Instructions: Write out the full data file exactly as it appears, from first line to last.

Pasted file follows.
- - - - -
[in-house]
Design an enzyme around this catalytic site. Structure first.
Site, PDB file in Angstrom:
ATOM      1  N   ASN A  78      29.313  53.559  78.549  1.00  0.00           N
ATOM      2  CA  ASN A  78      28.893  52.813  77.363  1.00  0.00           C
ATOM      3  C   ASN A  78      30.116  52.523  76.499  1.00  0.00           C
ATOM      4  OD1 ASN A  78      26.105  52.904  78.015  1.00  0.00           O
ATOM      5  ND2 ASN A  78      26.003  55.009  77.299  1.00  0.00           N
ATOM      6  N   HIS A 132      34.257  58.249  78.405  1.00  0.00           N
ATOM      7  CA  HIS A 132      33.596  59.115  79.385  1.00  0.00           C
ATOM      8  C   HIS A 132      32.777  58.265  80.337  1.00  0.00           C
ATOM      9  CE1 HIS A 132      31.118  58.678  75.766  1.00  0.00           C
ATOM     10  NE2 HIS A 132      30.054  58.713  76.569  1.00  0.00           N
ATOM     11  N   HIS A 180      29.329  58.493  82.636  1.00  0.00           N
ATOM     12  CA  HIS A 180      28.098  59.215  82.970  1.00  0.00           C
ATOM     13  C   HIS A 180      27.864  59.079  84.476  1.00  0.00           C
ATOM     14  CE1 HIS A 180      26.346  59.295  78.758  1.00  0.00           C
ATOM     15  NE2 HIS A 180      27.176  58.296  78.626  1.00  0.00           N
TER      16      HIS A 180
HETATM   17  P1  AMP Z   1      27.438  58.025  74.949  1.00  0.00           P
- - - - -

[in-house]
Design an enzyme around this catalytic site. Structure first.
Site, PDB file in Angstrom:
ATOM      1  N   ASN A  78      29.313  53.559  78.549  1.00  0.00           N
ATOM      2  CA  ASN A  78      28.893  52.813  77.363  1.00  0.00           C
ATOM      3  C   ASN A  78      30.116  52.523  76.499  1.00  0.00           C
ATOM      4  OD1 ASN A  78      26.105  52.904  78.015  1.00  0.00           O
ATOM      5  ND2 ASN A  78      26.003  55.009  77.299  1.00  0.00           N
ATOM      6  N   HIS A 132      34.257  58.249  78.405  1.00  0.00           N
ATOM      7  CA  HIS A 132      33.596  59.115  79.385  1.00  0.00           C
ATOM      8  C   HIS A 132      32.777  58.265  80.337  1.00  0.00           C
ATOM      9  CE1 HIS A 132      31.118  58.678  75.766  1.00  0.00           C
ATOM     10  NE2 HIS A 132      30.054  58.713  76.569  1.00  0.00           N
ATOM     11  N   HIS A 180      29.329  58.493  82.636  1.00  0.00           N
ATOM     12  CA  HIS A 180      28.098  59.215  82.970  1.00  0.00           C
ATOM     13  C   HIS A 180      27.864  59.079  84.476  1.00  0.00           C
ATOM     14  CE1 HIS A 180      26.346  59.295  78.758  1.00  0.00           C
ATOM     15  NE2 HIS A 180      27.176  58.296  78.626  1.00  0.00           N
TER      16      HIS A 180
HETATM   17  P1  AMP Z   1      27.438  58.025  74.949  1.00  0.00           P